CINCINNATI — Jim Edmonds considered bunting, then changed his mind and hit a three-run home run. John Mabry just tried to put the ball in play, but put it over the center-field wall for the go-ahead runs.
The greatest ninth-inning comeback in St. Louis Cardinals history was made of odd moments.
Edmonds’ two-out home run off Danny Graves got the seemingly down-and-out Cardinals within a run, and Mabry’s first home run of the season completed a seven-run rally for a 10-9 victory against the crestfallen Cincinnati Reds on Monday night.
“It was like an ugly game gone uglier,” Edmonds said. “It was just a wild game.”
One that neither the Reds nor their 15,961 booing fans will soon forget. Cincinnati hadn’t blown a six-run lead in the ninth since June 29, 1952, when an 8-2 advantage turned into a 9-8 loss to the Cubs.
“That’s what you’ve got to do, but it’s not easy to think about during the night,” Reds manager Dave Miley said, staring straight ahead as he tried to put it behind him. “It’s not easy to give a big-league game away, but we did.”
Until the ninth, they thought they were the ones getting the breaks.
Ken Griffey Jr.’s disputed home run — a drive that hit the top of the wall and bounced back — helped Cincinnati pull ahead 9-3 after eight innings. The Cardinals then sent 12 batters to the plate in a topsy-turvy ninth that consisted of four singles, two walks, two home runs and an error.
David Weathers walked the first two batters and let in the first two runs. Graves (1-1) came on to face Edmonds, who came to the plate thinking he just needed to get on base.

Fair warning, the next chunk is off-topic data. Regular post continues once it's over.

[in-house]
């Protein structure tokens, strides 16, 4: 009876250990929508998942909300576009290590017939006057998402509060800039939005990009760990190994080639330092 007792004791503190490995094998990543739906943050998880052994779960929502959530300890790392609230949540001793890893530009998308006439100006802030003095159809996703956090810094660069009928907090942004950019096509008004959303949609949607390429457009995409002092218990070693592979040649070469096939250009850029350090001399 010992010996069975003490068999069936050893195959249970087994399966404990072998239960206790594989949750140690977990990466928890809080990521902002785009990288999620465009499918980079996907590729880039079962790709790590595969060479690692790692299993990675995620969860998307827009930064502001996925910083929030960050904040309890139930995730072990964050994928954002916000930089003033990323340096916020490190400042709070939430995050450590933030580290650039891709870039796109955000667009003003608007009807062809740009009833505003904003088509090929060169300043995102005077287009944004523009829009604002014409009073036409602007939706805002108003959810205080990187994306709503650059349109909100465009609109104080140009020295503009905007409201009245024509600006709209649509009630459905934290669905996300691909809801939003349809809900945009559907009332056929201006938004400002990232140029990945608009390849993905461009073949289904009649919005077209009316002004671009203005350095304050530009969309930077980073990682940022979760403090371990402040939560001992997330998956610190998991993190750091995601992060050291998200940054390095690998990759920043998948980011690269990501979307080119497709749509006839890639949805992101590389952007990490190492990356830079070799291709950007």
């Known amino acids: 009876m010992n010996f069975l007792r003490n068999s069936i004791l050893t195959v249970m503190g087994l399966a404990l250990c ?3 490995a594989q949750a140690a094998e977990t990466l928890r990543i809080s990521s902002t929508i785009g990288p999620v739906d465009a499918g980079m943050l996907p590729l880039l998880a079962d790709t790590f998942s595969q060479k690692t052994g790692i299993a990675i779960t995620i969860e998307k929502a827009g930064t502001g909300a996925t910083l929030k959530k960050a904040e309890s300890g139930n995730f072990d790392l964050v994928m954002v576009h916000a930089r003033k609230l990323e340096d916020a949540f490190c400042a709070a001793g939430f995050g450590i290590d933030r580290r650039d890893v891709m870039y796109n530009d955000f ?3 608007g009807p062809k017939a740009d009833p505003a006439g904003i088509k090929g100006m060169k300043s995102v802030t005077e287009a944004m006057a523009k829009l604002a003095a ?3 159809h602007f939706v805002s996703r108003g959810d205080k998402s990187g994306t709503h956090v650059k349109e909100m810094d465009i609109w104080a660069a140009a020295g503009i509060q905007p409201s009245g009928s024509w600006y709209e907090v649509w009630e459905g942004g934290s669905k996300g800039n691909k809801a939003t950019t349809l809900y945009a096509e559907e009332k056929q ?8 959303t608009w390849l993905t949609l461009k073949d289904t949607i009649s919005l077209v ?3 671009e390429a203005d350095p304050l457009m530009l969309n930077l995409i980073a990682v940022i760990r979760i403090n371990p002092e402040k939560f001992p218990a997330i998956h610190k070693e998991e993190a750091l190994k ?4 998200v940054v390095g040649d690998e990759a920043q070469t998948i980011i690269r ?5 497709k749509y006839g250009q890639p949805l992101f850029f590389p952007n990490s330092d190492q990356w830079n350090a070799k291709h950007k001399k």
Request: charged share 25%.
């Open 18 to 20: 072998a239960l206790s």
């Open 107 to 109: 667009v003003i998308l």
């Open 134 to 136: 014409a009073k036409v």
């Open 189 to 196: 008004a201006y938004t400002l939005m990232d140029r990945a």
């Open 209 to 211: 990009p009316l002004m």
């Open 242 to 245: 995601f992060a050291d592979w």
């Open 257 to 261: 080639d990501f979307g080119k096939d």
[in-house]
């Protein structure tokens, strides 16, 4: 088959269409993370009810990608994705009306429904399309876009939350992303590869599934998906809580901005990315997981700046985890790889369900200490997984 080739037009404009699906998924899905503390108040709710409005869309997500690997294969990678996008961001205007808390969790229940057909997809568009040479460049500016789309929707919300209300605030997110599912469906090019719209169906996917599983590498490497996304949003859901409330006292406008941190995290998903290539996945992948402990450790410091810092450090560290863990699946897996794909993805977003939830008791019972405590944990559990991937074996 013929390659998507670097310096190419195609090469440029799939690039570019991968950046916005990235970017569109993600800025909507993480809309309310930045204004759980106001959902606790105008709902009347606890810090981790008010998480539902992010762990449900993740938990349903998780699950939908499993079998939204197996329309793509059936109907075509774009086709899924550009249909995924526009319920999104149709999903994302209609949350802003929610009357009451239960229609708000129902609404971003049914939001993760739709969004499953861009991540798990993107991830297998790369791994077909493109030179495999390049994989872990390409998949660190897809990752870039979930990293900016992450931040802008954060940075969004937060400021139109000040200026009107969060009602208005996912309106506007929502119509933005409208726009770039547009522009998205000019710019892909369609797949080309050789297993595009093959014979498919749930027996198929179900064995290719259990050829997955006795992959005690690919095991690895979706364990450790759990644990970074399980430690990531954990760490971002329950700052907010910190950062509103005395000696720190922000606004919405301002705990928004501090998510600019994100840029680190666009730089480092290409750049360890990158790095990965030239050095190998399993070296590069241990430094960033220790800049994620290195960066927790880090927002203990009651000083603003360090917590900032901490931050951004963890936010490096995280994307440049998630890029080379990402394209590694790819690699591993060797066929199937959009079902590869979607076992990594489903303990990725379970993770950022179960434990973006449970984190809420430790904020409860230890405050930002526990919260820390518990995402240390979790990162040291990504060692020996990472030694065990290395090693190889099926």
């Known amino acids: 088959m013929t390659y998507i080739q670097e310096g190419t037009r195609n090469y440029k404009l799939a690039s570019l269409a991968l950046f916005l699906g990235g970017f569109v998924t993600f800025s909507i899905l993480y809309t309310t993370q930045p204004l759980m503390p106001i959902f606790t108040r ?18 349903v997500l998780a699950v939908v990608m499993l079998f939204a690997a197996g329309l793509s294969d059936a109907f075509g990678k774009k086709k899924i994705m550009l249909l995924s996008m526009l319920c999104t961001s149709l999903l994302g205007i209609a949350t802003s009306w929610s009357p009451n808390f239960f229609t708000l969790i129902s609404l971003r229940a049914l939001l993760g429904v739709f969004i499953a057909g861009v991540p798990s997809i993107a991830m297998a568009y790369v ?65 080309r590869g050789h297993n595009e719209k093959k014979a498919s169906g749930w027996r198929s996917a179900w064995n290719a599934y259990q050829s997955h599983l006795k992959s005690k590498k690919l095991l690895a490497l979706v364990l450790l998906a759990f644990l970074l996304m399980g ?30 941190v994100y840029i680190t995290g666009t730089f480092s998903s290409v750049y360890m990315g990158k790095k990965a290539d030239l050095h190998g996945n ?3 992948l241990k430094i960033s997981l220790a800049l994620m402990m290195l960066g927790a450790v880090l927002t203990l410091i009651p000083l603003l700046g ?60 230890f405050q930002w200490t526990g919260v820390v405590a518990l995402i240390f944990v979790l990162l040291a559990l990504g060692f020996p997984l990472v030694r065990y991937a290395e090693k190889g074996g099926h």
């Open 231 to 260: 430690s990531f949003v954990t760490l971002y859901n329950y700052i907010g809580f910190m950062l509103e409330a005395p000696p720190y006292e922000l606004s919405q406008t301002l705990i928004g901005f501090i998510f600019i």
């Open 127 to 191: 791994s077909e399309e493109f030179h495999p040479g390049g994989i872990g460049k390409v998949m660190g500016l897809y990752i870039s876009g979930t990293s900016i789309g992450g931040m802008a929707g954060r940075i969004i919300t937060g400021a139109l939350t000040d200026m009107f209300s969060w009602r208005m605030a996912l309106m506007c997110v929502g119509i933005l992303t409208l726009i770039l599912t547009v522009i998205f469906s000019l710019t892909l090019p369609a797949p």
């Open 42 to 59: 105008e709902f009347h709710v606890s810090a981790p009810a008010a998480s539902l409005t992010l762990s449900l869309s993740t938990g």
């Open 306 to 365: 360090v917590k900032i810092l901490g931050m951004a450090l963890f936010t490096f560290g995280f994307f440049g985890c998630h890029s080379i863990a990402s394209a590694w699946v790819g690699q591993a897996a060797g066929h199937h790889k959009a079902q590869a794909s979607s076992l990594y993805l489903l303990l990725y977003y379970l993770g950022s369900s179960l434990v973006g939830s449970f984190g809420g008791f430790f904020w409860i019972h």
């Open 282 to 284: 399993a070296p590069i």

“I was thinking about bunting, honestly,” Edmonds said. “I looked at the scoreboard and we were down four and I’m the third run. He (Graves) doesn’t give up too many runs to us.”
On Graves’ third pitch, Edmonds got a sloppy breaking ball and hit it deep into the seats for his sixth home run. Mark Grudzielanek then hit a ball past first baseman Sean Casey, who got an error, and Mabry hit one over the wall in center.
“Nobody wants to make that last out,” Mabry said. “That’s what it comes down to.”
The fans booed Graves as he walked off the field after his first blown save in nine chances. The Reds have blown leads of four, five, and now six runs since last Wednesday.
“It’s frustrating, but what’s even more frustrating is hearing the fans boo you in your own ballpark,” Graves said. “We’re out there trying the best we can. That’s not the first time it’s happened, and as long as I’ll be playing, it won’t be the last.”
The Reds appeared to have the game well in hand after they scored four runs in the eighth, which ended with Randy Flores (1-0) striking out Adam Dunn. Julian Tavarez closed out the Cardinals’ comeback win by pitching the ninth for his second save.
The NL Central leading Cardinals went 14-5 against the Reds last season, and have won two of three this year. All the Reds could win on Monday was a home-run dispute.
Griffey had failed to hit a home run in his first 79 at-bats, the longest drought of his career to start a season. He broke it with a shot in Milwaukee.
His second home run of the season didn’t even make it that far.
Griffey led off the sixth with a drive that landed on the yellow padding atop the wall in center and bounced back. The umpires ruled the ball was in play, with Griffey stopping at second for a double. Then, the crew huddled and decided it was a home run.
The umpiring crew was led by Ed Montague, a 30-year veteran who worked home plate for the All-Star game last year and Game 1 of the World Series, when Boston beat St. Louis. Montague said the crew was split on whether the ball had hit the top of the wall and bounced over.